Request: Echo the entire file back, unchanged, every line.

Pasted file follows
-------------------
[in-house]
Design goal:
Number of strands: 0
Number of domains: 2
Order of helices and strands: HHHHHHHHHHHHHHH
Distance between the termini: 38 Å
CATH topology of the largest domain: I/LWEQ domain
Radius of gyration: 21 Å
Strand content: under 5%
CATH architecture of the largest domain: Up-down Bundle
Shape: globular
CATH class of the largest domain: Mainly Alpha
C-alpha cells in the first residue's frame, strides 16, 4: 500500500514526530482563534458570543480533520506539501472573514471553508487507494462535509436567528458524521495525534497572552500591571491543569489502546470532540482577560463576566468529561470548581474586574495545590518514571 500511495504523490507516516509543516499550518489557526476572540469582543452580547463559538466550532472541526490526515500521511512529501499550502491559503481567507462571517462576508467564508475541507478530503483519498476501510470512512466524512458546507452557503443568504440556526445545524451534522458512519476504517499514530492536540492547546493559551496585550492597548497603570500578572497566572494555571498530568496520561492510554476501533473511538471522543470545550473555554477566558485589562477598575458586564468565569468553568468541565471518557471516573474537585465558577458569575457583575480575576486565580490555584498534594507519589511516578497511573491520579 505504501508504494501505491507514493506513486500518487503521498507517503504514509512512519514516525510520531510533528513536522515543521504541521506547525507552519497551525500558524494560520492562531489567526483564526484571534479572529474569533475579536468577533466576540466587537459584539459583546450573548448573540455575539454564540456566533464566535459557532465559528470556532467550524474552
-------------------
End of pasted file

[in-house]
Design goal:
Number of strands: 0
Number of domains: 2
Order of helices and strands: HHHHHHHHHHHHHHH
Distance between the termini: 38 Å
CATH topology of the largest domain: I/LWEQ domain
Radius of gyration: 21 Å
Strand content: under 5%
CATH architecture of the largest domain: Up-down Bundle
Shape: globular
CATH class of the largest domain: Mainly Alpha
C-alpha cells in the first residue's frame, strides 16, 4: 500500500514526530482563534458570543480533520506539501472573514471553508487507494462535509436567528458524521495525534497572552500591571491543569489502546470532540482577560463576566468529561470548581474586574495545590518514571 500511495504523490507516516509543516499550518489557526476572540469582543452580547463559538466550532472541526490526515500521511512529501499550502491559503481567507462571517462576508467564508475541507478530503483519498476501510470512512466524512458546507452557503443568504440556526445545524451534522458512519476504517499514530492536540492547546493559551496585550492597548497603570500578572497566572494555571498530568496520561492510554476501533473511538471522543470545550473555554477566558485589562477598575458586564468565569468553568468541565471518557471516573474537585465558577458569575457583575480575576486565580490555584498534594507519589511516578497511573491520579 505504501508504494501505491507514493506513486500518487503521498507517503504514509512512519514516525510520531510533528513536522515543521504541521506547525507552519497551525500558524494560520492562531489567526483564526484571534479572529474569533475579536468577533466576540466587537459584539459583546450573548448573540455575539454564540456566533464566535459557532465559528470556532467550524474552